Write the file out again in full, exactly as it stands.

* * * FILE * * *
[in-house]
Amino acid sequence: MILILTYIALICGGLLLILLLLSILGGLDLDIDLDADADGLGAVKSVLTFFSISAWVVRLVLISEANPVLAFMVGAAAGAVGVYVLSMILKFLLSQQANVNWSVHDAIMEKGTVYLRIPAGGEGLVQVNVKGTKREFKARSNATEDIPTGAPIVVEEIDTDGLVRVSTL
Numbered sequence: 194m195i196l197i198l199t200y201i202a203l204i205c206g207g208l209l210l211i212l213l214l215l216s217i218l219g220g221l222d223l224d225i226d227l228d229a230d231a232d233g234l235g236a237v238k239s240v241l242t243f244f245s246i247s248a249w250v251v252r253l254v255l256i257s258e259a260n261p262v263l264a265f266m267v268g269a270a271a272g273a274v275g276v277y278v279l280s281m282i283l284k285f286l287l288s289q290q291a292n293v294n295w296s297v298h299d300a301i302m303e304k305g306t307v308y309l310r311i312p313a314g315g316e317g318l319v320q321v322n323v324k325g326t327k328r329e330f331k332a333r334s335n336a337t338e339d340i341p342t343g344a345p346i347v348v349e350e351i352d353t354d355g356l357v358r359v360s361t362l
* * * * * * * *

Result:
[in-house]
Amino acid sequence: MILILTYIALICGGLLLILLLLSILGGLDLDIDLDADADGLGAVKSVLTFFSISAWVVRLVLISEANPVLAFMVGAAAGAVGVYVLSMILKFLLSQQANVNWSVHDAIMEKGTVYLRIPAGGEGLVQVNVKGTKREFKARSNATEDIPTGAPIVVEEIDTDGLVRVSTL
Numbered sequence: 194m195i196l197i198l199t200y201i202a203l204i205c206g207g208l209l210l211i212l213l214l215l216s217i218l219g220g221l222d223l224d225i226d227l228d229a230d231a232d233g234l235g236a237v238k239s240v241l242t243f244f245s246i247s248a249w250v251v252r253l254v255l256i257s258e259a260n261p262v263l264a265f266m267v268g269a270a271a272g273a274v275g276v277y278v279l280s281m282i283l284k285f286l287l288s289q290q291a292n293v294n295w296s297v298h299d300a301i302m303e304k305g306t307v308y309l310r311i312p313a314g315g316e317g318l319v320q321v322n323v324k325g326t327k328r329e330f331k332a333r334s335n336a337t338e339d340i341p342t343g344a345p346i347v348v349e350e351i352d353t354d355g356l357v358r359v360s361t362l